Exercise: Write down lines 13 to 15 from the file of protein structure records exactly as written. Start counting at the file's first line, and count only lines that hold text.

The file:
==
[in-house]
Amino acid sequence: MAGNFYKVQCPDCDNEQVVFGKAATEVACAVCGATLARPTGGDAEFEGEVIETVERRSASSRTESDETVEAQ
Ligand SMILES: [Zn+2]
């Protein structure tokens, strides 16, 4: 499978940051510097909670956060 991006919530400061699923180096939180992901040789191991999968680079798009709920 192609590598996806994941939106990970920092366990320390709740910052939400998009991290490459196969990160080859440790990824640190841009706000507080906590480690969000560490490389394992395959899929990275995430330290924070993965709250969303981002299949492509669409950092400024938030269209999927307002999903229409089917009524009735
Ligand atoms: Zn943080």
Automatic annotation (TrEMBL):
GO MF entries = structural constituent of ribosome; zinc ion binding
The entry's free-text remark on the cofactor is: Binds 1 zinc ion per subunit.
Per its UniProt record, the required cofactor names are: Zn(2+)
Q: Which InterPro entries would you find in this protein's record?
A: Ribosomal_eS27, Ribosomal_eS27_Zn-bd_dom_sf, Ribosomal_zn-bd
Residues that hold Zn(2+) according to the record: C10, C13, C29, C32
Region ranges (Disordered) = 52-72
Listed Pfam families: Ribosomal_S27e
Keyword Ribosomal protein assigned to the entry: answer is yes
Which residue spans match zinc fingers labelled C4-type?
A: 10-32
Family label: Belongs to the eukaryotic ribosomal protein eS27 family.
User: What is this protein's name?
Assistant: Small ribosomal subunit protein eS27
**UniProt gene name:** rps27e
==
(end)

Region ranges (Disordered) = 52-72
Listed Pfam families: Ribosomal_S27e
Keyword Ribosomal protein assigned to the entry: answer is yes